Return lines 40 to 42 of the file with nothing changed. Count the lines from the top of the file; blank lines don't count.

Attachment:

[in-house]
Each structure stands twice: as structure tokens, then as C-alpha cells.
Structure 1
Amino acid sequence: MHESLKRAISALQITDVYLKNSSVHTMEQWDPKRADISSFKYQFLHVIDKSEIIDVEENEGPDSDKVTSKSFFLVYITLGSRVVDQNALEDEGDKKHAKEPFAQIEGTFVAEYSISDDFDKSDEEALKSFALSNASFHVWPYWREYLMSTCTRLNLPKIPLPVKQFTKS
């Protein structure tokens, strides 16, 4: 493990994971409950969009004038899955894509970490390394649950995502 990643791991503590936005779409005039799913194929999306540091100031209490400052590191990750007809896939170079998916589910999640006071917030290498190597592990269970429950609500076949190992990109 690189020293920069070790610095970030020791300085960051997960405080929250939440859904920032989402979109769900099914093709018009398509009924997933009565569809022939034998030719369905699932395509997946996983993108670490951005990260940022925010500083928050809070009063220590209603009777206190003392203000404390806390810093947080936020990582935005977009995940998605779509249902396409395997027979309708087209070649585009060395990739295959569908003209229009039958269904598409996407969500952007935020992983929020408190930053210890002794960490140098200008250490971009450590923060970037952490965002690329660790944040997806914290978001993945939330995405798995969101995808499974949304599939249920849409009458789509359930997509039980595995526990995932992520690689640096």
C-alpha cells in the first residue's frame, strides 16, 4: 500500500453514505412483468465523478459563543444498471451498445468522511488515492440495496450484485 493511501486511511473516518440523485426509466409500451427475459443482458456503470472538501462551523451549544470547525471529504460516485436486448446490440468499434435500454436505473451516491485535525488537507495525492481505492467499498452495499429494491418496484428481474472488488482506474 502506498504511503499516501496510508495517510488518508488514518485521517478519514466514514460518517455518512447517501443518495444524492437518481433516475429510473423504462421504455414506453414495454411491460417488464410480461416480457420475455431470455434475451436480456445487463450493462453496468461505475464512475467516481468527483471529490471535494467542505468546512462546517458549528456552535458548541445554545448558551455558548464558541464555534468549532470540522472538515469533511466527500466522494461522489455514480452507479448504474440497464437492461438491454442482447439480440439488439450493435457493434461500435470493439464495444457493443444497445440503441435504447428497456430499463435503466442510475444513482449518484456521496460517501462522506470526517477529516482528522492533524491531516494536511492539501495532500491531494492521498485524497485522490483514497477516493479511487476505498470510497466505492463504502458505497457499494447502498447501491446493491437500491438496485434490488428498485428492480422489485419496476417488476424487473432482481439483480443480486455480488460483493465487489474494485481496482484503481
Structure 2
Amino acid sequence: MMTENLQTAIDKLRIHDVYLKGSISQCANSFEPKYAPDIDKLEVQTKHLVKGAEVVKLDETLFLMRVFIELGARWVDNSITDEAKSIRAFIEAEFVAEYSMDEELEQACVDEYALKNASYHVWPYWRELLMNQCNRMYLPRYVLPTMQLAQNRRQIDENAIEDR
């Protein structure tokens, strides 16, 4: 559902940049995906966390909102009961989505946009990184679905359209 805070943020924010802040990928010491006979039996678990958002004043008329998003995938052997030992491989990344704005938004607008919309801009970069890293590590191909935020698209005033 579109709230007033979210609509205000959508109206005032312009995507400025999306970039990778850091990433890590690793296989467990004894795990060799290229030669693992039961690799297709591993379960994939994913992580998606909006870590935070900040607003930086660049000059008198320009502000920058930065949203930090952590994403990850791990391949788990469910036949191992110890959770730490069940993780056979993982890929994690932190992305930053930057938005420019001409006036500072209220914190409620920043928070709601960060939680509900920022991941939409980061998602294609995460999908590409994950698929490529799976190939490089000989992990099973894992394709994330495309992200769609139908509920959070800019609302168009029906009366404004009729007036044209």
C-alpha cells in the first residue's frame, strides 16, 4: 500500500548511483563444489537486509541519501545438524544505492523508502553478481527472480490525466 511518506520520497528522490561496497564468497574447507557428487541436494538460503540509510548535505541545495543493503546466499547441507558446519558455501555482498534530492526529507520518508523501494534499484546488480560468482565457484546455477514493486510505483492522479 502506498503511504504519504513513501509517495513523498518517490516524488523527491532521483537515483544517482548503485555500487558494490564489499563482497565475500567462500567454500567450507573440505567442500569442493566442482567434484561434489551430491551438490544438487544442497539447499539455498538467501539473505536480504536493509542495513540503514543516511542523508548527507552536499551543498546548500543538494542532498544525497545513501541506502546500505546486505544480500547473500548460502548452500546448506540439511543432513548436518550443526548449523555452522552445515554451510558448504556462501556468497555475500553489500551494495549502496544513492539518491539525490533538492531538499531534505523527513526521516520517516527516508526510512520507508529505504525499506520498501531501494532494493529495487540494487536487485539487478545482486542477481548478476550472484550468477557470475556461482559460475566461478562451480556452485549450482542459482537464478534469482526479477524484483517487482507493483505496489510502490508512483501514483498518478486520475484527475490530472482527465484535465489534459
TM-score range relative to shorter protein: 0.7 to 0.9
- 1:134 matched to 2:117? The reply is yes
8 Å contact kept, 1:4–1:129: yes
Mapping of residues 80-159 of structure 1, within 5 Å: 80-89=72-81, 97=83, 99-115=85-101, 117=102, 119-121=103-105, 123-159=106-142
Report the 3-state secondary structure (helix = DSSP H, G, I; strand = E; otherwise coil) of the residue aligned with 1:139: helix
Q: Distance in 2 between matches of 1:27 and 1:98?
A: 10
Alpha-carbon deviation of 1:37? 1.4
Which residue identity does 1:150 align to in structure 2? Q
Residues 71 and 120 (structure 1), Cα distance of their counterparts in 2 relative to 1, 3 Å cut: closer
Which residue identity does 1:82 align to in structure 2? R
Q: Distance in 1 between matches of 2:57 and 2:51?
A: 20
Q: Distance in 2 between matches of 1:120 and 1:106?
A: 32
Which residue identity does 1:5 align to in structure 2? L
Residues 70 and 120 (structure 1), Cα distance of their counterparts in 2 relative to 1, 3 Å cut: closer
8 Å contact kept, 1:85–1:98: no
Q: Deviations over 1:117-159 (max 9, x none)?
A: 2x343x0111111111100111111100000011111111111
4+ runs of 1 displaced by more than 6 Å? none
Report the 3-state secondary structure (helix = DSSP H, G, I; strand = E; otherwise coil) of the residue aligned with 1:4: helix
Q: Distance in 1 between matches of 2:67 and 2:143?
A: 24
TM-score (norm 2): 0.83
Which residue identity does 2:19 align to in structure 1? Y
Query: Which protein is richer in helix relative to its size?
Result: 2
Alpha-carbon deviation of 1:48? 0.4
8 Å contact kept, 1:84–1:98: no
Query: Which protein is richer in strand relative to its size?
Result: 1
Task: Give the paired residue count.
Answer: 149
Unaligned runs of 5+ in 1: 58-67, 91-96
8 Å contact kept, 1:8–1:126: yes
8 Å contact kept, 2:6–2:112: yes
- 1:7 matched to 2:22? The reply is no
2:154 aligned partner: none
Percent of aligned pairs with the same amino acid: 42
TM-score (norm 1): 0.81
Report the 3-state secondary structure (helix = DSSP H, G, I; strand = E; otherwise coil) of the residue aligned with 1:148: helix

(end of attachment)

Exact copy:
8 Å contact kept, 1:84–1:98: no
Query: Which protein is richer in strand relative to its size?
Result: 1